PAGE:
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Memorize the Sky
The Wire
Philip Clark
This is an allusive, relentlessly surprising disc from a trio who met in Michigan in the late 1990's, and have continued to refine an ensemble identity that's as malleable as it is unique. Jimmy Giuffre meets Morton Feldman? Perhaps. Except that implies they've simply cut and shut together two modernist totems and severely underestimates the ripening of their personal vision.

At the core of the trio is a strategic sense of instrumental tromp l'oeil. Reedsman Matt Bauder doubles on percussion, and bassist Zach Wallace also plays unpitched percussion and vibraphone. Main percussionist Aaron Siegel, meanwhile, is carefully listed as playing snare drum, bass drum, vibraphone and percussion. - and this fastidious itemisation recognises the precise role that each instrument takes in the unfolding argument. The opening tracks "Raft of Stone" and "Lake of Light" pare things down to regenerative structures, anchored by rolling bell sounds and the microtonal inflections of Bauder's tart clarinet. Wallace's bass ricochets and stammers underneath, leaving the ear to reach around the sounds to fathom their instrumental allegiance.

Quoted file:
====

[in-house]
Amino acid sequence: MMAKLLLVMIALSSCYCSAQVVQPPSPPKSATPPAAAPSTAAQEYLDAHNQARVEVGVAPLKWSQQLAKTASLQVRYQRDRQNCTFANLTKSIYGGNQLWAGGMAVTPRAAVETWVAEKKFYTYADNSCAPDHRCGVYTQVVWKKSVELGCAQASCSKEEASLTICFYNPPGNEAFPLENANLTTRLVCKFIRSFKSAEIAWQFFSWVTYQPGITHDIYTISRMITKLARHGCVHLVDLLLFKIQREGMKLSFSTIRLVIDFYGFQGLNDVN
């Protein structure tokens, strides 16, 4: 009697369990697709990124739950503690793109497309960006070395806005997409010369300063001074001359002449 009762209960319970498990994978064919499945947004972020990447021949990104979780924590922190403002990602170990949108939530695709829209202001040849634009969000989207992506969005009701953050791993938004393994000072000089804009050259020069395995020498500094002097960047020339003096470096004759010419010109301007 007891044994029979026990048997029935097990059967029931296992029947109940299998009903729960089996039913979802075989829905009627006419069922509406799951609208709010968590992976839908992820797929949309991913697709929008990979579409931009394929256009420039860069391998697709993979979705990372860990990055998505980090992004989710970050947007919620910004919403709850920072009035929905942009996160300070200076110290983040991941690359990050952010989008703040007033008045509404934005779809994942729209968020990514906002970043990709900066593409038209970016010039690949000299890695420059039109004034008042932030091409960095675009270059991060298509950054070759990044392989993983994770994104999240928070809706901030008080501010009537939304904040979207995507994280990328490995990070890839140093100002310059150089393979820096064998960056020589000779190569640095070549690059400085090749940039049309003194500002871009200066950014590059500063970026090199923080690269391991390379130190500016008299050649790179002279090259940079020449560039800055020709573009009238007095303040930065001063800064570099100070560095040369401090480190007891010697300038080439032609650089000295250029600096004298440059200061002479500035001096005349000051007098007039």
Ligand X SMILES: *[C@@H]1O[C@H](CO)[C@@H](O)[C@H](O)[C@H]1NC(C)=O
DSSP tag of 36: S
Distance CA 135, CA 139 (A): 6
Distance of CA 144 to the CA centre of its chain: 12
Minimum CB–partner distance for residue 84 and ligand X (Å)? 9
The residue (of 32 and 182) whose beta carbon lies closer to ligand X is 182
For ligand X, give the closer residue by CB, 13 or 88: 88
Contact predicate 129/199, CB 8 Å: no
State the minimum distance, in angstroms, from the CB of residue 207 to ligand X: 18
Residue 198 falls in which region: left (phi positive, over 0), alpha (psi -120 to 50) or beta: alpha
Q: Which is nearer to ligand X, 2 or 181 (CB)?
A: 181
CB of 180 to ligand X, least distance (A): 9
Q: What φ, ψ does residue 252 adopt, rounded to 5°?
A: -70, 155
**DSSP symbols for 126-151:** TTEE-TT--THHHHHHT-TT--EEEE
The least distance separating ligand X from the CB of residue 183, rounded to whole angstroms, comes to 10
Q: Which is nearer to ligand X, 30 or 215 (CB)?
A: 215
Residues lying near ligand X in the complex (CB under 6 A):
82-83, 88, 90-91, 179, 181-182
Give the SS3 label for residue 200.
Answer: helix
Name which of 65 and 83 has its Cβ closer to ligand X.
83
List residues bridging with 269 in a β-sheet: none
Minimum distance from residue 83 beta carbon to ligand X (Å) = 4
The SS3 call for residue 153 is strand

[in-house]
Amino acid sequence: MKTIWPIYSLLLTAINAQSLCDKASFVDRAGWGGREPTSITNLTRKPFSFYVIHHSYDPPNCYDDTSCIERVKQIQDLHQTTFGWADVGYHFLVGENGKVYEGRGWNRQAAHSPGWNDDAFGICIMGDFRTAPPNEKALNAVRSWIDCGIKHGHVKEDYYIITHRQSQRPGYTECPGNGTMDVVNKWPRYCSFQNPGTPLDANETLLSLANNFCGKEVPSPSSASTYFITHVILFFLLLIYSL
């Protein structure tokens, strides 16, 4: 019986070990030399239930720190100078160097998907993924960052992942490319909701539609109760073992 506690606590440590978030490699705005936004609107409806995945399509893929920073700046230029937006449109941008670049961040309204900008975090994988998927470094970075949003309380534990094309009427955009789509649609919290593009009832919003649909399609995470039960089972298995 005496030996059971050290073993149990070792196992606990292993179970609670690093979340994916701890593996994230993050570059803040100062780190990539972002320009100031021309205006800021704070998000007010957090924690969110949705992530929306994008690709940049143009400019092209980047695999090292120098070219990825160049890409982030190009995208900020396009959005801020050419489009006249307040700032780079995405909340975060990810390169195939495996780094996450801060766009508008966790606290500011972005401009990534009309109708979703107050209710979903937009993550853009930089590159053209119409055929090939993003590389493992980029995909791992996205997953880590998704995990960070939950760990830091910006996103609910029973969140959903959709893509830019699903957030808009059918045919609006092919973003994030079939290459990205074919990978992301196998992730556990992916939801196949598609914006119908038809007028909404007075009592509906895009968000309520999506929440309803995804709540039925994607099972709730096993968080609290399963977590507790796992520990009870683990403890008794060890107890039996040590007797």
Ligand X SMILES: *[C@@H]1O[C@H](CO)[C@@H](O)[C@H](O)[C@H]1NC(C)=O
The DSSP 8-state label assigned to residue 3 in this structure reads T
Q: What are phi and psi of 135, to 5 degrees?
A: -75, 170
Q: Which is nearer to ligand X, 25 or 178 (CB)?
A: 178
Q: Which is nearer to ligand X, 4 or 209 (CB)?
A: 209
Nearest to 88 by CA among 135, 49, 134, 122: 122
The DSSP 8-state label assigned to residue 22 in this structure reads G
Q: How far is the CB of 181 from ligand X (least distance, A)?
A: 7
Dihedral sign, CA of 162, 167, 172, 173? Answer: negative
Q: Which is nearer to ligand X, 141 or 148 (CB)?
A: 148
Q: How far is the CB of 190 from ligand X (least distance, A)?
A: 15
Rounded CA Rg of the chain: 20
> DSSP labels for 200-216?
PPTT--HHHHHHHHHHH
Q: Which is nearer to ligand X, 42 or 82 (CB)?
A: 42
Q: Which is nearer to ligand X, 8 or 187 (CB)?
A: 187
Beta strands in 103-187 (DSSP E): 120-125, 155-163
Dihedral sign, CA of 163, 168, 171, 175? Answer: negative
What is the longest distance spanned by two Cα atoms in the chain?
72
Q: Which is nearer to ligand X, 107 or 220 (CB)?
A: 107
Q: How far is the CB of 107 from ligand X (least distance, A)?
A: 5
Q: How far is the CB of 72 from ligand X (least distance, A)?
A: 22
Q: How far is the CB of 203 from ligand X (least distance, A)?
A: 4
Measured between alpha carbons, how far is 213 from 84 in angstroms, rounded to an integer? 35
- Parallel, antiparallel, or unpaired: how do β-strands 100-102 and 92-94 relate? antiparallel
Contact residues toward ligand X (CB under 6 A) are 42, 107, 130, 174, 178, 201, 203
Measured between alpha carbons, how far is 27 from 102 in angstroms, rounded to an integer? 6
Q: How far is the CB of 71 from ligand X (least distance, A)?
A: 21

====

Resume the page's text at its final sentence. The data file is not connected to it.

Third track "Etch of Wood" offers another perspective. Bauder's zigzagging bass clarinet lines are an intriguing mixture of Feldman-like objectivity (he's a fan of Feldman's Bass Clarinet and Percussion, I'm sure) but with phraseology and a tonal warmth that reveal his jazz roots. Wallace's dancing basslines are locked into a pirouette with Siegel's spreadeagled vibraphone arpeggiations. After long stretches of slowly evolving sounds, the penultimate track is a bright scherzo, with a final extended piece, "Path of Spider", acting as a cathartic conclusion.

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